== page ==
Dad Demands School Returns His Daughter’s Phone But Principal Refuses

principal office

From morning until afternoon, Monday through Friday, kids across America report to school. Their days are designated for learning and any outside distractions are meant to be eliminated. And that includes -- most of all -- phones. But one parent in Philadelphia is upset because despite knowing the school's policy, his daughter had her iPhone 6 confiscated. And the principal is sticking by the rules and has refused to return the phone until the end of the academic period, which is two weeks away.


So what's the problem here? If the student knew, full well, that she was not allowed to use her phone in school, actively chose to break that rule, and knew the consequences that would follow, how is any of this a surprise?

It's Dad who seems to have the biggest trouble. Though the video has since been removed from YouTube, he approached the school's principal and demanded that the phone be returned. She stood her ground and said she'll continue to keep the smart phone, but gave them an interim flip phone that the student can use until she receives her phone back.

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The principal has her discipline tactics and clear school code of conduct rules that the students must adhere to while on school grounds during school hours, but the choice to confiscate and hold the phone for this extended period of time has ruffled feathers.

The student's father complained that while the phone is in the school principal's custody, he continues to pay its bills. As the owner of the phone and contract, he pays all fees and usage on the line even while it sits in the school administrator's office. And that's not exactly preferable.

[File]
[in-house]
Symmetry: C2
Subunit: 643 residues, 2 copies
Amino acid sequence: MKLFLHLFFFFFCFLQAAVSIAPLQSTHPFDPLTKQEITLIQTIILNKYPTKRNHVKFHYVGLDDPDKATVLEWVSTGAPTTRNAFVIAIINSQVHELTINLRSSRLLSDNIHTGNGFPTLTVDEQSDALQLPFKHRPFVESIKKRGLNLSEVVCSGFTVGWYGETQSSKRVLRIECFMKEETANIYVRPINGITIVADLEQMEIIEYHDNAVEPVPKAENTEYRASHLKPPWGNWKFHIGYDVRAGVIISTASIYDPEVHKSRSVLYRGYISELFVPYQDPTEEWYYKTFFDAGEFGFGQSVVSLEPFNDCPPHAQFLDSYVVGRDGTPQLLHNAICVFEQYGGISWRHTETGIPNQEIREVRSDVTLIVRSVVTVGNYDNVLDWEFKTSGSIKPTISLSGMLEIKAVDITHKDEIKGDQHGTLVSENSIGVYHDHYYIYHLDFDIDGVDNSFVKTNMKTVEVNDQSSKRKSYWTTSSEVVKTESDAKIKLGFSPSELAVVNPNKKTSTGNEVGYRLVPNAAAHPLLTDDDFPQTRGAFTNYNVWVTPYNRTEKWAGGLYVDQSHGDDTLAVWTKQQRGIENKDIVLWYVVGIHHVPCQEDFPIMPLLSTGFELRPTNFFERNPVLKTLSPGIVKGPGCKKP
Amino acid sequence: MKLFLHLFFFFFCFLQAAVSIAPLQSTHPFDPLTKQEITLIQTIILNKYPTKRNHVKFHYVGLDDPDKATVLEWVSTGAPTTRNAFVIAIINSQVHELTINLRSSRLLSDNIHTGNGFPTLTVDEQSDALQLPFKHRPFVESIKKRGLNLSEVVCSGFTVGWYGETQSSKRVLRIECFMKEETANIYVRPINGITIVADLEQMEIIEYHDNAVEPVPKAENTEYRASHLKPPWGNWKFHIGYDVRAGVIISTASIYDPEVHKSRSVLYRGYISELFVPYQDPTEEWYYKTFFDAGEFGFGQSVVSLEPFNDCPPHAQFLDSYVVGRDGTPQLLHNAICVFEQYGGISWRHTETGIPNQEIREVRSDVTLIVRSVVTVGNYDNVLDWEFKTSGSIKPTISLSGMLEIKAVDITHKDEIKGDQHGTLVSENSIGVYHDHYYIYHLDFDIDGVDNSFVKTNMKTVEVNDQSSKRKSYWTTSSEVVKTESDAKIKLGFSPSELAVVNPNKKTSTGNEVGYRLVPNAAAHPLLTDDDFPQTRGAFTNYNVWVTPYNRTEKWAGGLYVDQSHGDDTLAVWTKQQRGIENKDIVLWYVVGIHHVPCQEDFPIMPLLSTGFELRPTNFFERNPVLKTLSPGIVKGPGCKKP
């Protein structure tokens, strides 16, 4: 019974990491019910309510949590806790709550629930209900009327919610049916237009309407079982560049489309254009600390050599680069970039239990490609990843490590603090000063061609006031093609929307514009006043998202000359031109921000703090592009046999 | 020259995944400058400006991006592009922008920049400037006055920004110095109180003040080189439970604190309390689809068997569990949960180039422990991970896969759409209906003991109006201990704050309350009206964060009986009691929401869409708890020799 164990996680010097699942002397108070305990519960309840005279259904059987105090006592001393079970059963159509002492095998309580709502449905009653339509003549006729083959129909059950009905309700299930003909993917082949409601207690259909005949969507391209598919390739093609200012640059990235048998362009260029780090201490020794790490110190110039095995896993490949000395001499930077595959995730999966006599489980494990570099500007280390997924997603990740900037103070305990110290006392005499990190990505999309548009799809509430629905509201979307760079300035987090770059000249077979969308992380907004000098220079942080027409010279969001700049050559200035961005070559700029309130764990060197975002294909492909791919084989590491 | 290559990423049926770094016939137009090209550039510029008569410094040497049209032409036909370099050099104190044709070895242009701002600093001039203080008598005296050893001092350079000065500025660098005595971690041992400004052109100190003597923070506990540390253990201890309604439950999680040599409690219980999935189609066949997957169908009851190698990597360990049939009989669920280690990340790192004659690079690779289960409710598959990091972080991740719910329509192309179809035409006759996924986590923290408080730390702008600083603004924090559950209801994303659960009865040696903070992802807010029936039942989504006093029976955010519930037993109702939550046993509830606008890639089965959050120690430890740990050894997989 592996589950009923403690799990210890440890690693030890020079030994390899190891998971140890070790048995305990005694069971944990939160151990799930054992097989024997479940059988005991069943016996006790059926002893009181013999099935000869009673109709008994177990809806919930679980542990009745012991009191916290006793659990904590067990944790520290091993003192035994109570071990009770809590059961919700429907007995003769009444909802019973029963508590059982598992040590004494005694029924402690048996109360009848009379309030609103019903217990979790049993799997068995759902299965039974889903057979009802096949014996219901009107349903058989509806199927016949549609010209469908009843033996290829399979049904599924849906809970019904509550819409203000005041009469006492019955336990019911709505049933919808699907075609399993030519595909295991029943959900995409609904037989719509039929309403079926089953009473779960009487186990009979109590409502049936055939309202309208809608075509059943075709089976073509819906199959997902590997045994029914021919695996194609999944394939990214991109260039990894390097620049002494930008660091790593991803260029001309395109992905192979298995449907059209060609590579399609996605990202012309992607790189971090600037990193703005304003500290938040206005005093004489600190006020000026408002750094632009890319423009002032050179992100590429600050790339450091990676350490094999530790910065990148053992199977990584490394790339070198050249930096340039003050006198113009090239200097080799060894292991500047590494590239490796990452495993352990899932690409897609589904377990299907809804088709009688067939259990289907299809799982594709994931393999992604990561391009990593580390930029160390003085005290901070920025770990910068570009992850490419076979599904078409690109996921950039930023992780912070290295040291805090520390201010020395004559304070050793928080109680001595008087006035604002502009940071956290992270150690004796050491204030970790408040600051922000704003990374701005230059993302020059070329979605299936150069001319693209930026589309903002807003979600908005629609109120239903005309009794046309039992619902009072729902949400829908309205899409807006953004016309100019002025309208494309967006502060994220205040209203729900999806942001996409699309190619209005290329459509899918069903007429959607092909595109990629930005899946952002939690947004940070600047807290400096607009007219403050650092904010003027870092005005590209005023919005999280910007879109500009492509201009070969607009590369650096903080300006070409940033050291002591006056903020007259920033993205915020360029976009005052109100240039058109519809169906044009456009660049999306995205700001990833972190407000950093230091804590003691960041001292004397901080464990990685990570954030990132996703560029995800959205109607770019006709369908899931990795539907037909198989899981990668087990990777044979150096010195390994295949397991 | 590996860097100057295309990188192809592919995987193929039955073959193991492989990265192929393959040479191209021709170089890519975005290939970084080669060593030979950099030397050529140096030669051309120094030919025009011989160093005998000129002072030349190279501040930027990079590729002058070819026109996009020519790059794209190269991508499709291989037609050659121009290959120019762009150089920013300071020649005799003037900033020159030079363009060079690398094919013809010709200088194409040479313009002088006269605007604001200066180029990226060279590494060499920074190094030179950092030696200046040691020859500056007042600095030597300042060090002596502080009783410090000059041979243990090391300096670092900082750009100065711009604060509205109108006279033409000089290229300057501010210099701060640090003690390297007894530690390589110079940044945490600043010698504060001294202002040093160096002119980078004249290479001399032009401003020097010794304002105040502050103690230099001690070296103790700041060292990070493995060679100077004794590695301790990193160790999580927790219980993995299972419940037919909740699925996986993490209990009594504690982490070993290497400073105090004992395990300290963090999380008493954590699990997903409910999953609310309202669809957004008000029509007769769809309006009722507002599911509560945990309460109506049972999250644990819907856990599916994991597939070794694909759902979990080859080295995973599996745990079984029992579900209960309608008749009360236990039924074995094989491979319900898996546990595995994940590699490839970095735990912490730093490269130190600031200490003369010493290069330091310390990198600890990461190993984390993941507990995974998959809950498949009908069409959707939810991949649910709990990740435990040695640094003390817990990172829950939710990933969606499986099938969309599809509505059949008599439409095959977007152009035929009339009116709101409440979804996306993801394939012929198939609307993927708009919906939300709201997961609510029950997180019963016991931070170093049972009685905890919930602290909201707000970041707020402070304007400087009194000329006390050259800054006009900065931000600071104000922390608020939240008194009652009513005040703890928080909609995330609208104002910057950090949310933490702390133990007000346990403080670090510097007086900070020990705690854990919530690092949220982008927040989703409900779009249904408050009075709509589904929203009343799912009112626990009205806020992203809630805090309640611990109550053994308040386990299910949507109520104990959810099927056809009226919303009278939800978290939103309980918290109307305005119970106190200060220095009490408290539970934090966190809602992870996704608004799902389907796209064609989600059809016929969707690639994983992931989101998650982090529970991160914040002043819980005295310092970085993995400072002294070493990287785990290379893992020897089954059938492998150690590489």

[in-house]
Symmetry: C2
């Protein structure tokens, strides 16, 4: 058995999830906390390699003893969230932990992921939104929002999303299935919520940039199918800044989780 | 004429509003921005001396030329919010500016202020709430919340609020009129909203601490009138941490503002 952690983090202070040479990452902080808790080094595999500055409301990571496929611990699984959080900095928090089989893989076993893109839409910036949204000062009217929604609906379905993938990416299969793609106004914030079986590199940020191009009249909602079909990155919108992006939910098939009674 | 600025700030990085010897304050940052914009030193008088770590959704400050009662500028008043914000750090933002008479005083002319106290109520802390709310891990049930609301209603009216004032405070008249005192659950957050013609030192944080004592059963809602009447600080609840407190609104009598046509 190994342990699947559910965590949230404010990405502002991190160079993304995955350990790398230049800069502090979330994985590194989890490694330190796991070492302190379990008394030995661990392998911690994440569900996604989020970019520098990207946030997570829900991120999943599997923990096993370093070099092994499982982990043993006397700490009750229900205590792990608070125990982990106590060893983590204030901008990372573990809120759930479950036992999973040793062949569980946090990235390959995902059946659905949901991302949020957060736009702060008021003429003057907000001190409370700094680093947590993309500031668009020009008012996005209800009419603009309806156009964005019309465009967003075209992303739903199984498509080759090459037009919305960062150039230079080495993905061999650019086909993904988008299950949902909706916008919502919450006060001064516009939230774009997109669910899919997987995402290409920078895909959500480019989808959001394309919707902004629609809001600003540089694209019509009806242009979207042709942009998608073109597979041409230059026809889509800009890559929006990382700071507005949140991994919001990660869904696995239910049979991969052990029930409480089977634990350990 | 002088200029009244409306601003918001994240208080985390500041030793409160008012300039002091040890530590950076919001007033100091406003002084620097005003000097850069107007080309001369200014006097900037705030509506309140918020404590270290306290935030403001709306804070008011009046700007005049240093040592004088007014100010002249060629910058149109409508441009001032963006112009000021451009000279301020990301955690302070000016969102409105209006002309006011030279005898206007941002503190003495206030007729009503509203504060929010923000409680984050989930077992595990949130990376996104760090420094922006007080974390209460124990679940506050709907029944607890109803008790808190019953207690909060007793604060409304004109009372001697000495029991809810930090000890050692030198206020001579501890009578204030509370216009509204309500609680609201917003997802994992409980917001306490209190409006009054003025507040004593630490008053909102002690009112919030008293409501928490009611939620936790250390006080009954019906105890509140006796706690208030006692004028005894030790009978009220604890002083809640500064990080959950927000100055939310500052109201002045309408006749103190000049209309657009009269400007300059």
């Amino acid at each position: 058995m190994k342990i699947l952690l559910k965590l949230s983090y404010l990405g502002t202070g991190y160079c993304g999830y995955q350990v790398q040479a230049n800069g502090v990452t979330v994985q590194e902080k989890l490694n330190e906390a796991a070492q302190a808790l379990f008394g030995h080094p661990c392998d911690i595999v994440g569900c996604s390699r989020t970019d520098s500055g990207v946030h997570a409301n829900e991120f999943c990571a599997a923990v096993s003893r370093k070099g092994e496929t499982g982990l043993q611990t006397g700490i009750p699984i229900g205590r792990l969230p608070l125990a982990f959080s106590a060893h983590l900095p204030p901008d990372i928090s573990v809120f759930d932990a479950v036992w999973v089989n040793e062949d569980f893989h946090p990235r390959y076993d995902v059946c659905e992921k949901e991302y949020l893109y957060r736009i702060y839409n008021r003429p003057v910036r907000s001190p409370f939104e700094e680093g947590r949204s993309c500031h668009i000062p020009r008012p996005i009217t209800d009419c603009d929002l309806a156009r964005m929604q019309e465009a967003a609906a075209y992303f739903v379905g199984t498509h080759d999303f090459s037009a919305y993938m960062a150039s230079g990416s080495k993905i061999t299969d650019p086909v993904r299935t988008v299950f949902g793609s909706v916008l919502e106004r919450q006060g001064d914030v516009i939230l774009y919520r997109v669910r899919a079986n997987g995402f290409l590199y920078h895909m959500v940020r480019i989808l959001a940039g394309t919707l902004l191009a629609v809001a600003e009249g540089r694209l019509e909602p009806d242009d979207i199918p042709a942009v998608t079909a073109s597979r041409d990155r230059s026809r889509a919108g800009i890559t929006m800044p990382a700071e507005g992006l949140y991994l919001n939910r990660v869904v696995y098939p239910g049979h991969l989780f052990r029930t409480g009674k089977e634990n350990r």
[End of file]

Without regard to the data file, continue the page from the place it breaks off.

But the real issue here isn't the payments or the taking of the property. Since children aren't supposed to use phones in school anyways, and Dad pays for those hours each month, that's a non-issue. The real issue is about jurisdiction of punishment. Yes, the teachers, staff, and administrators can enforce rules and discipline children while they are at school, but their enforcement ends there. During off-hours, it's up to the parent to decide what the most fitting punishment is for the child. When that final bell rings, it's becomes the parent's responsibility to find a way to implement the rules.

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Instead of taking the phone for the next two weeks, keeping it uninterruptedly until the end of the quarter, the student should turn it in at the beginning of the day, and get it back at the end. At that point, it's up to the parents to start their own rules.

There is a split of disciplining duties and both parents and school officials should carry their share. But one starts where the other ends, and the balance of responsibilities is exactly what kids need.

Do you think the school or parent was in the wrong?



Image via Mr Doomits/shutterstock

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